Each morning, as I dreamily open my eyes (I am sure like a million others), my hands stealthily reaches out for my most loyal and loving companion- my smart phone. It was just yesterday ,over coffee, that I had a Eureka-esque realisation that during my stay in England, my phone Pip has been my most loyal companion. Pip (also the name of the hero from Charles Dickens Great Expectations) , too fuelled in me hopes high and mighty and hence the name!Scrolling through my newsfeed , the other morning , a news report of a woman being raped in an auto in Gurgaon (india)and her being infant killed failed to rouse any interest in my curious mind. . Bold headlines that spoke of how the victim carried her dead child in her arms in the Delhi metro to the hospital was also not met with any further reaction. And as i browsed through my own profile, carefully looking at my profile picture , I smiled scanning at the host of notifications and went back to start my day.As usual. Well , if you think I am empty and hollow – think again. Ithink i am just a prototype of our hollow generation.
As I embarked on a moment of introspection, later in the day, I was filled with guilt and remorse. I hastily tried to allocate a few minutes to the story of the Indian woman who was raped – probably trying to compensate a sense of uneasy guilt and shame.I was feeling ashamed of my own ignored attitude towards the horrors of a raped woman carrying a dead child after being violated . I wondered at the lack of shock, disgust, fear, and horror.
Why did I not react to such brutality?Why did it take my phone battery to die and a moment of idle past time to register the horrific brutality of such incidence which afflicted a fellow sister? Have I become more immune to the violent world we live in? Above all, what will it take to shock the daylight out of me? When did the definition of shock and disgust really change?
and it was then when i realised that I, like millions others, have slowly lost our sensitivity. In a world where terror attacks are norm of the day rather than exception, and where women ceaselessly continue to be violated- i believe we are all in a process of slow desensitisation.The Nirbhaya rape case, that shook the conscious of an entire nation did nothing to deter the commitment of such heinous crime after that. While the internal organs of Nirbhaya had been mutilated through the use of a rod, the recent victim had to pay with the life of her infant child.is the desensitisation because of our knowledge of the apparent failure of the govt in tackling such issues?or is it because we as a generation have just learnt to shrug it of as ‘somebody else’s problem’. In both cases, there is a lack of agency and empathy and we need to acknowledge that somebody needs to bell the cat!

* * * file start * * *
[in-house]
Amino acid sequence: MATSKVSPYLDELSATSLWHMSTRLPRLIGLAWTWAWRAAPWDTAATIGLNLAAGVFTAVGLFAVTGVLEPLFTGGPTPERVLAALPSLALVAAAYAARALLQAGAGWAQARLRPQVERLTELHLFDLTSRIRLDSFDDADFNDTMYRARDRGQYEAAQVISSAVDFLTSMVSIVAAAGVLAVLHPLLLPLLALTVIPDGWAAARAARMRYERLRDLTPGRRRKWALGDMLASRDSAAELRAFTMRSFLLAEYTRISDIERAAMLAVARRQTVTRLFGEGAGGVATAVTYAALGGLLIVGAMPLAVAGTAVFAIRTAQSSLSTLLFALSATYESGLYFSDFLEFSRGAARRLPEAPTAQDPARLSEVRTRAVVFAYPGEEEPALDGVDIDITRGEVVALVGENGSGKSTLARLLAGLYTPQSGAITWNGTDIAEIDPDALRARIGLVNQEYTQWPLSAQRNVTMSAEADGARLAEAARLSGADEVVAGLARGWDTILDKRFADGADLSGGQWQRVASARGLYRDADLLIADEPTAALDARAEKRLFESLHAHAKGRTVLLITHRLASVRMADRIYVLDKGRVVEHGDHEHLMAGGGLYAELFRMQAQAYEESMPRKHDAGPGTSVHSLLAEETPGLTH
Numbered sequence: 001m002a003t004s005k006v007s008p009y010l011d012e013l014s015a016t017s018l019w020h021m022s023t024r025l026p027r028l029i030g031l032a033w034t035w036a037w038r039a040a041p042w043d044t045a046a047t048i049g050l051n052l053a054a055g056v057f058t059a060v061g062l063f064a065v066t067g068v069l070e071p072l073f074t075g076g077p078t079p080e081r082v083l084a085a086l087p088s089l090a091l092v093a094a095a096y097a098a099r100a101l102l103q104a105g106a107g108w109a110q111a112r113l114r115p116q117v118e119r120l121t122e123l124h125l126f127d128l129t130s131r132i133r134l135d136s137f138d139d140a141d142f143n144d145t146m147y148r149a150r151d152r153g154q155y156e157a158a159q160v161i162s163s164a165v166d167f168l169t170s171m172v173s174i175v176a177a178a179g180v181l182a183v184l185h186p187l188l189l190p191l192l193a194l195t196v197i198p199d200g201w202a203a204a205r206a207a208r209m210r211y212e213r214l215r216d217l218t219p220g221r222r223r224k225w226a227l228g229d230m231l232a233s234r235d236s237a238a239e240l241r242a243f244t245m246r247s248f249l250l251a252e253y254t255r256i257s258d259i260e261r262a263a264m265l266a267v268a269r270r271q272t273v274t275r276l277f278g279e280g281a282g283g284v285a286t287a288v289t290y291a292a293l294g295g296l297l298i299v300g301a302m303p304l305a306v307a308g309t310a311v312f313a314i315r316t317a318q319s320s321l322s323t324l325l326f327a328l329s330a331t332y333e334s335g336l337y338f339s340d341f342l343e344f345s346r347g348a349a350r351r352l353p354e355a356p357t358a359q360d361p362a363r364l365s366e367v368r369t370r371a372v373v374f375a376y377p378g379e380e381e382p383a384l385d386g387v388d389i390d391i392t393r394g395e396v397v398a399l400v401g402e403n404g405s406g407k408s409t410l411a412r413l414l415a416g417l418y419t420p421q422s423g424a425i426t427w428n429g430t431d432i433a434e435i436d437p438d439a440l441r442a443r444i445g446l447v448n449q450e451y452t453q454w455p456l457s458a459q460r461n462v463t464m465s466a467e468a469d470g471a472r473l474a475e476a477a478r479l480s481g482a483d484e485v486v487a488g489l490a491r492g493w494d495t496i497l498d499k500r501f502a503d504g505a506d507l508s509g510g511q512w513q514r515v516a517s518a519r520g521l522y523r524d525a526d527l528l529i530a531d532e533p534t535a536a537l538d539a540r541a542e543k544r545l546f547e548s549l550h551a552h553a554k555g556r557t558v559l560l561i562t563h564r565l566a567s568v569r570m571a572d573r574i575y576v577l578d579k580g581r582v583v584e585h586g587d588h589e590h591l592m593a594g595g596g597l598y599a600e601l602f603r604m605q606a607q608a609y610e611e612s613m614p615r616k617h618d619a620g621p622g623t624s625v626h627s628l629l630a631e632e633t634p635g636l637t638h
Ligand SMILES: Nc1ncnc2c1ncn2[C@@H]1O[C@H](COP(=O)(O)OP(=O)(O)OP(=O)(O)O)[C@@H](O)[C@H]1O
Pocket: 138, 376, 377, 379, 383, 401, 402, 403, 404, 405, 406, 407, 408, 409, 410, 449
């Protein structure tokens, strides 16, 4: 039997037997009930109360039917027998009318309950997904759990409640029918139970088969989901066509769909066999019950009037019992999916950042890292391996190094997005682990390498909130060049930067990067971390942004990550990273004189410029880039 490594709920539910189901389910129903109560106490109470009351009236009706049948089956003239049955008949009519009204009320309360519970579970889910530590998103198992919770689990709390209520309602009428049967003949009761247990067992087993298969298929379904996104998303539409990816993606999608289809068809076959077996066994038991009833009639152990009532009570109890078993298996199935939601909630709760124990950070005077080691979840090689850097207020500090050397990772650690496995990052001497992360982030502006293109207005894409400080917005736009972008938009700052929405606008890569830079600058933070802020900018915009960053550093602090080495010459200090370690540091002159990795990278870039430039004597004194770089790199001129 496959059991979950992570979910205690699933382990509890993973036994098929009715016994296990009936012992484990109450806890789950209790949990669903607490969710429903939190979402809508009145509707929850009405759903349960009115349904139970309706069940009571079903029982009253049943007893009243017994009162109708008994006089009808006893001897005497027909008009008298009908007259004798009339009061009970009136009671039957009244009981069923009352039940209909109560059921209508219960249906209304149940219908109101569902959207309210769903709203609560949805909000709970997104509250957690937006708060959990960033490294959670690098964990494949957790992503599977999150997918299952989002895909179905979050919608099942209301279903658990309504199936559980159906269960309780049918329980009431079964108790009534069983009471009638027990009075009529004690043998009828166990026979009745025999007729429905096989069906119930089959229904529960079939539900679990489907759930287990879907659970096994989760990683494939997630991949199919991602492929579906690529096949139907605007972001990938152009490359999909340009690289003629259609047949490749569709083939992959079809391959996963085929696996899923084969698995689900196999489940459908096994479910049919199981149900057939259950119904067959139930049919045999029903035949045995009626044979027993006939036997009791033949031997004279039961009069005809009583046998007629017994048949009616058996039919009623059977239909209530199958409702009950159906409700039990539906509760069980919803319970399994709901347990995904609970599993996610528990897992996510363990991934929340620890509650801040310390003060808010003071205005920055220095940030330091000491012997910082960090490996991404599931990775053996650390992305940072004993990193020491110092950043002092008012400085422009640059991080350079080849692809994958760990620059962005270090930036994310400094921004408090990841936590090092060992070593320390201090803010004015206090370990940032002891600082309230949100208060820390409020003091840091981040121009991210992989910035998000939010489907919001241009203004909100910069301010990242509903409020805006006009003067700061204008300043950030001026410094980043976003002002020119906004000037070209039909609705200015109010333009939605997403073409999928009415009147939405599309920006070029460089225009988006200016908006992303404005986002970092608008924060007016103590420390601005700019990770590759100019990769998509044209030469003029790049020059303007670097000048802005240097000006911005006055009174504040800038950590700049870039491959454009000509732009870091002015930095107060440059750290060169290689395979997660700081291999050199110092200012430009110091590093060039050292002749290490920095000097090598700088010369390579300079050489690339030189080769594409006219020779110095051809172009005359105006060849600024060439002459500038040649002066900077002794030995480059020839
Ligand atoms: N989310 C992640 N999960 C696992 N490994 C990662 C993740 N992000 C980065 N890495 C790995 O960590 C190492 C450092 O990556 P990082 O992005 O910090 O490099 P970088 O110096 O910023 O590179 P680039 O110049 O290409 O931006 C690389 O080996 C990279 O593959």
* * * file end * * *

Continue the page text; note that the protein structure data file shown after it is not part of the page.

As a nation that has the potential of such global greatness, I hang my head in shame as my friends in Britain ask me to explain what is the entire brouhaha about ‘eating non vegetarian food’ .I struggle and stutter to answer how the meat of a particular animal have captured the imagination of the entire political class and a seemingly innocent and politically disinterested animal is now caught in the crossfire amidst the corridors of power. My personal opinion and religious affiliation, mind you, are absolutely private and not for public consumption.And it should be the same for every informed citizen. I shudder to think that as rapists turn Indian women into ‘slices of meat’ completely violating all standards of humanity , my leaders and policymakers decide to squabble about what ‘meat’ should be legalised for consumption .I am ashamed that we have a corrupted electoral process, vote banks that can be bought by distribution of cheap liquor, politicians that use religion as a brand to promote communal-ism, and above all , the growing sense of utter ndifference amongst the educated and preveliged.
Opinions of a billion people are two loud to ignore even if it is a soft whisper or murmur. The key is to not to disengage and shrug rather engage :the need of the hour is actively engage ourselves to change the obsolete political system and not necessarily through mouthing slogans or beating chests.The need is to be aware, to engage the self and be a vocal critic of the current crippled socio political climate.The key is to wake our self from our indifferent and lackadaisical attitude and question – let not religion , caste, class dictate the choices of the educated class .Instead lets embark on a journey of enquiry – of the self and the state of the state.